"Gentlemen and ladies," I said, inclining my body in salutation, "I ask a thousand pardons for this inopportune intrusion on your retirement; but overhearing a few of what I much fear are but too well- grounded complaints, touching the false position in which you are placed as the occupant of this apartment, and in that light your host, I have ventured to approach, with no other desire than the wish that you would make me the repository of all your griefs, in order, if possible, that they may be repaired as soon as circumstances shall in any manner allow."
The strangers were very naturally a little startled at my unexpected appearance, and at the substance of what I had just said. I observed that the two ladies were apparently in some slight degree even distressed, the younger turning her head on one side in maiden modesty, while the elder, a duenna sort of looking person, dropped her eyes to the floor, but succeeded in better maintaining her selfpossession and gravity. The eldest of the two gentlemen approached me with dignified composure, after a moment of hesitation, and returning my salute by waving his tail with singular grace and decorum, he answered as follows. I may as well state in this place that he spoke the French about as well as an Englishman who has lived long enough on the continent to fancy he can travel in the provinces without being detected for a foreigner. Au reste, his accent was slightly Russian, and his enunciation whistling and harmonious. The females, especially in some of the lower keys of their voices, made sounds not unlike the sighing tones of the Eolian harp. It was really a pleasure to hear them; but I have often had occasion to remark that, in every country but one, which I do not care to name, the language when uttered by the softer sex takes new charms, and is rendered more delightful to the ear.
"Sir," said the stranger, when he had done waving his tail, "I should do great injustice to my feelings, and to the monikin character in general, were I to neglect expressing some small portion of the gratitude I feel on the present occasion. Destitute, houseless, insulted wanderers and captives, fortune has at length shed a ray of happiness on our miserable condition, and hope begins to shine through the cloud of our distress, like a passing gleam of the sun. From my very tail, sir, in my own name and in that of this excellent and most prudent matron, and in those of these two noble and youthful lovers, I thank you. Yes! honorable and humane being of the genus homo, species Anglicus, we all return our most tail-felt acknowledgments of your goodness!"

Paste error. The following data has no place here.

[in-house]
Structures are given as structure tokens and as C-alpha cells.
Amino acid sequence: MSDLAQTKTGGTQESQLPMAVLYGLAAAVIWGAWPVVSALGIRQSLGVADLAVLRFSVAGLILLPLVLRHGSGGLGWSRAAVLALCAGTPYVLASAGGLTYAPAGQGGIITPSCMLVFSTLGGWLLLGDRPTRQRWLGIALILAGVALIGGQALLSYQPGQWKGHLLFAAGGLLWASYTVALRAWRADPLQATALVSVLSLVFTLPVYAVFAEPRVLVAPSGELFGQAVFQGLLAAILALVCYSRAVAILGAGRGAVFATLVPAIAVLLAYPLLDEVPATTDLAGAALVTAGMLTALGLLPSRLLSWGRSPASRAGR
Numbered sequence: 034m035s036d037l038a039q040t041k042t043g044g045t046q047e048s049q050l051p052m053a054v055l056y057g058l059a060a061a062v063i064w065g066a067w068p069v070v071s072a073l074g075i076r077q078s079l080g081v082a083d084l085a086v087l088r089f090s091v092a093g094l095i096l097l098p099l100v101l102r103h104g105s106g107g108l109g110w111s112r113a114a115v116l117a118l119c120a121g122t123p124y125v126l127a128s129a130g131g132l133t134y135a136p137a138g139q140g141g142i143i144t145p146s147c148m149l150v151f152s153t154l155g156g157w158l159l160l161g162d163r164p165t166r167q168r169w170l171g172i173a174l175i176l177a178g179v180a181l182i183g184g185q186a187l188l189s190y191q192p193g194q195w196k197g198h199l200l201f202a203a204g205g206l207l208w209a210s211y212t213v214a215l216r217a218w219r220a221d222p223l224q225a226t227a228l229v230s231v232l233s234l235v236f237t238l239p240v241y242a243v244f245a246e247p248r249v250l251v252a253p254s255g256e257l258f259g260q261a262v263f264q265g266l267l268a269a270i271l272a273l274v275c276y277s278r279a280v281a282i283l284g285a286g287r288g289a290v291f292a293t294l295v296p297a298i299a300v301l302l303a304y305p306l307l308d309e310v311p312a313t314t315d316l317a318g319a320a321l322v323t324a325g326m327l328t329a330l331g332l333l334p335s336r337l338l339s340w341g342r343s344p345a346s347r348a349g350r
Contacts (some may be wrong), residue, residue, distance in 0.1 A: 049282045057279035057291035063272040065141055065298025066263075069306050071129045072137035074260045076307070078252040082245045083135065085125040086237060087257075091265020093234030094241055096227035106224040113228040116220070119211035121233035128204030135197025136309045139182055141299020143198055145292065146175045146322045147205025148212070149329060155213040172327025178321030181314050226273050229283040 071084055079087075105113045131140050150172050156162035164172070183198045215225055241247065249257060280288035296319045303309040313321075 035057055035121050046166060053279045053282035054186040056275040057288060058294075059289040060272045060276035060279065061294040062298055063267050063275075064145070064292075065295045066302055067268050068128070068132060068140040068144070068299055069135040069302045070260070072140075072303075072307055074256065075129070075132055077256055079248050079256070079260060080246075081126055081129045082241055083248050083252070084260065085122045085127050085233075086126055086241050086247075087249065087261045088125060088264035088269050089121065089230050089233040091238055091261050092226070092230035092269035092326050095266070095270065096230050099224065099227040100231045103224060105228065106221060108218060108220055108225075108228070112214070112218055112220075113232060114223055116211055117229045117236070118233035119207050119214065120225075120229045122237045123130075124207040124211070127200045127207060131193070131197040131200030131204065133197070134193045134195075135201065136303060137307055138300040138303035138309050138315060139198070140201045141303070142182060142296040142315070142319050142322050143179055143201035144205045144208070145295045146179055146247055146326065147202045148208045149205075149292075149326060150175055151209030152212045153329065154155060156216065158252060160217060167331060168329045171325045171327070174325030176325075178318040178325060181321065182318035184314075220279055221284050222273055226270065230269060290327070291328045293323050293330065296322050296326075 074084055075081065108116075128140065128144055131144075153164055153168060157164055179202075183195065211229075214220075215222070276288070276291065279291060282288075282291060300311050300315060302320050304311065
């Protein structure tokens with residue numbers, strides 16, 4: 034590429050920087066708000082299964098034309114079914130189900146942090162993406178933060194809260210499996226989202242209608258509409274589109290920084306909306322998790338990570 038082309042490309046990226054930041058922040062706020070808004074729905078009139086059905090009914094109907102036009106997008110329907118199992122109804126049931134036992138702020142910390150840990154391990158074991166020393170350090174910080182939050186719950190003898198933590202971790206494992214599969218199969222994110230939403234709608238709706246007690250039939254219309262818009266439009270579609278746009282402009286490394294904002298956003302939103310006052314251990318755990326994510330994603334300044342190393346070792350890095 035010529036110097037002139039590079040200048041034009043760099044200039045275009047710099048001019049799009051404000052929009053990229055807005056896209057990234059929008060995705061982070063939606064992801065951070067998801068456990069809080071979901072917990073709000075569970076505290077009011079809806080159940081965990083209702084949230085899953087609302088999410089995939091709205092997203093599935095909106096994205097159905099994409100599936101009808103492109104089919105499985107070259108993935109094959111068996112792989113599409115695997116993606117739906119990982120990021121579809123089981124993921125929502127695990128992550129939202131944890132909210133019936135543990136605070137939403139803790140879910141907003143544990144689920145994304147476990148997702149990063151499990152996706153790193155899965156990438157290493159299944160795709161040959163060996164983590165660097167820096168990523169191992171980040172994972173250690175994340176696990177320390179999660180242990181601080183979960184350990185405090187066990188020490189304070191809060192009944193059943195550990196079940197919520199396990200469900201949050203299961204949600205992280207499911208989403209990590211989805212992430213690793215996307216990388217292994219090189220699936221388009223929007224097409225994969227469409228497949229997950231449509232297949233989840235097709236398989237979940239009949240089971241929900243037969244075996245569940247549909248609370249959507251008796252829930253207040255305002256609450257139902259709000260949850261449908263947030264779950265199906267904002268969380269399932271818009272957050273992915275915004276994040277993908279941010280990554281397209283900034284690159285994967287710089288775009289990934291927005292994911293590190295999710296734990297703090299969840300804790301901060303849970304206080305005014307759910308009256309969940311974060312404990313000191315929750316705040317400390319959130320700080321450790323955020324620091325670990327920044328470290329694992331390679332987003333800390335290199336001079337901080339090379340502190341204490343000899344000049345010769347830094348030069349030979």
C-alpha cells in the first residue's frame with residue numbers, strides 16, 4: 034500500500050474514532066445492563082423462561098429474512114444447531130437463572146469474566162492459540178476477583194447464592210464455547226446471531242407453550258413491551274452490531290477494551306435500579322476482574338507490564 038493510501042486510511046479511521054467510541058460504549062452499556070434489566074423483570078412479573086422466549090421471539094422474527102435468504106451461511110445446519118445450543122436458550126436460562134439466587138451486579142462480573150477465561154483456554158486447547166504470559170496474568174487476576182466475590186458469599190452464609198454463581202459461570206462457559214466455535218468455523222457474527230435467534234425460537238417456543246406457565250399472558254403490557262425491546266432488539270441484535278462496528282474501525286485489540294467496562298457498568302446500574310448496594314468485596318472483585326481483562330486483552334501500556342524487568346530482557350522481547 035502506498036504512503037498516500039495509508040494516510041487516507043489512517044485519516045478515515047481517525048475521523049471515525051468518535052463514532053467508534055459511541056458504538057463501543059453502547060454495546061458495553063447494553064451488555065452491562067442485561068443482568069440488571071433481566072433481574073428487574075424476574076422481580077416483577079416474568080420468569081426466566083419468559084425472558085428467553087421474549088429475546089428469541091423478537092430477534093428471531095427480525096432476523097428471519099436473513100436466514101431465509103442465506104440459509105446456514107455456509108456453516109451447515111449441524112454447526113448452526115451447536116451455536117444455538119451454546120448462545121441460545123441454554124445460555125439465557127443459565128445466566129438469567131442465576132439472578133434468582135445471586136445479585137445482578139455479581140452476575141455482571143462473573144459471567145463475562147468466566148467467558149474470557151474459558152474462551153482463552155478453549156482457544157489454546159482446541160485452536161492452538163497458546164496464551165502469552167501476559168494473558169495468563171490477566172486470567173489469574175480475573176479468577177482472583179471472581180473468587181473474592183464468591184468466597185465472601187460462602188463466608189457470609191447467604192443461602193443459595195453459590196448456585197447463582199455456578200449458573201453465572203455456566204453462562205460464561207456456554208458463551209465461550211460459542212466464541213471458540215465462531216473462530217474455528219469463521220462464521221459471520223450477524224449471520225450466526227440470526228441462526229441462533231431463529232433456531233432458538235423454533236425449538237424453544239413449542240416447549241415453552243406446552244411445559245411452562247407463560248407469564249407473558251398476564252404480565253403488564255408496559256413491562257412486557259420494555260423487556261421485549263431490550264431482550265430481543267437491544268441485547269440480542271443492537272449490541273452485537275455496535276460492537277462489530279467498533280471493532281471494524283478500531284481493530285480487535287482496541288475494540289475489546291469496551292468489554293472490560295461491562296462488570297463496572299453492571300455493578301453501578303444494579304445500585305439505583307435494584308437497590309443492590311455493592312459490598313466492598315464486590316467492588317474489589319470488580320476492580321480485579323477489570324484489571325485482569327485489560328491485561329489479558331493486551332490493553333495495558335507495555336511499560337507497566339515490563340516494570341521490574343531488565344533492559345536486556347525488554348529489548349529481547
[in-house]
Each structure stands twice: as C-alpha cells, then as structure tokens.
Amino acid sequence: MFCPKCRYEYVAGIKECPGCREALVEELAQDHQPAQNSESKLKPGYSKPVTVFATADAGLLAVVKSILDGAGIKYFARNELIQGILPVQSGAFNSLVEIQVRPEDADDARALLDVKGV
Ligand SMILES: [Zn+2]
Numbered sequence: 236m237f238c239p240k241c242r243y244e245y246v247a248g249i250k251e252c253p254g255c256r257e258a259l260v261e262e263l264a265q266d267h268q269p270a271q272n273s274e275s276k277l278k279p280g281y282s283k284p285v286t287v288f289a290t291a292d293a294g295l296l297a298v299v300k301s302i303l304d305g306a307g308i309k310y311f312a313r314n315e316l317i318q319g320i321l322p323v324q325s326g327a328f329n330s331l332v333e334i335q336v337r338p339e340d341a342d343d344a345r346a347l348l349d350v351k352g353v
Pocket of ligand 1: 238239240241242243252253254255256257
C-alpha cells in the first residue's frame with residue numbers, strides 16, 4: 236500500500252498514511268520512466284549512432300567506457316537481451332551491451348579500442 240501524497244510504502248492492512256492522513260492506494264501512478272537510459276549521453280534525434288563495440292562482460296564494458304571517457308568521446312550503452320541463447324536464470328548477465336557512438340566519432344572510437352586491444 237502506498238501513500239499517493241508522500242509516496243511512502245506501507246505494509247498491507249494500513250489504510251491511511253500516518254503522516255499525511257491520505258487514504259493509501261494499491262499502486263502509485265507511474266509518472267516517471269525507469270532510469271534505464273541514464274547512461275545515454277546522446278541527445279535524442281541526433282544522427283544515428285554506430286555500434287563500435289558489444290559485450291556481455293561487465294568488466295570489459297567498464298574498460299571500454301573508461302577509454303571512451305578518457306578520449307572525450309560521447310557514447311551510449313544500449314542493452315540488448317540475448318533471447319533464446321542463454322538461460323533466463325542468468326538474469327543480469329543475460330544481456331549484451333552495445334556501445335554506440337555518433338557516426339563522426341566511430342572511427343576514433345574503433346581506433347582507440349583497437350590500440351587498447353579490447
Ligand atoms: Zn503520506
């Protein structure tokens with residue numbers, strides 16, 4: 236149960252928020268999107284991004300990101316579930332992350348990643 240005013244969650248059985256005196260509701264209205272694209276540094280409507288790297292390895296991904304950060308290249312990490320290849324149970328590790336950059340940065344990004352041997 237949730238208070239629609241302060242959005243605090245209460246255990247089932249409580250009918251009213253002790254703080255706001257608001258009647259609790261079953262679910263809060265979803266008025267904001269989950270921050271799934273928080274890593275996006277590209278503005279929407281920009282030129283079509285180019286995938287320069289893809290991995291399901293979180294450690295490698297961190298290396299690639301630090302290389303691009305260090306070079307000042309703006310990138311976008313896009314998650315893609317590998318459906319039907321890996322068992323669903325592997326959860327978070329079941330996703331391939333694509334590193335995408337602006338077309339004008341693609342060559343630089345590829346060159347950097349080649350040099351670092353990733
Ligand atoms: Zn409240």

Here the whole party gracefully bent the ornaments in question over their heads, touching their receding foreheads with the several tips, and bowed. I would have given ten thousand pounds at that moment to have had a good investment in tails, in order to emulate their form of courtesy; but naked, shorn, and destitute as I was, with a feeling of humility I was obliged to put my head a little on one shoulder and give the ordinary English bob, in return for their more elaborate politeness.
"If I were merely to say, sir," I continued, when the opening salutations were thus properly exchanged, "that I am charmed at this accidental interview, the word would prove very insufficient to express my delight. Consider this hotel as your own; its domestics as your domestics; its stores of condiments as your stores of condiments, and its nominal tenant as your most humble servant and friend. I have been greatly shocked at the indignities to which you have hitherto been exposed, and now promise you liberty, kindness, and all those attentions to which it is very apparent you are fully entitled by your birth, breeding, and the delicacy of your sentiments. I congratulate myself a thousand times for having been so fortunate as to make your acquaintance. My greatest desire has always been to stimulate the sympathies; but until to-day various accidents have confined the cultivation of this heaven- born property in a great measure to my own species; I now look forward, however, to a delicious career of new- born interests in the whole of the animal creation, I need scarcely say in that of quadrupeds of your family in particular."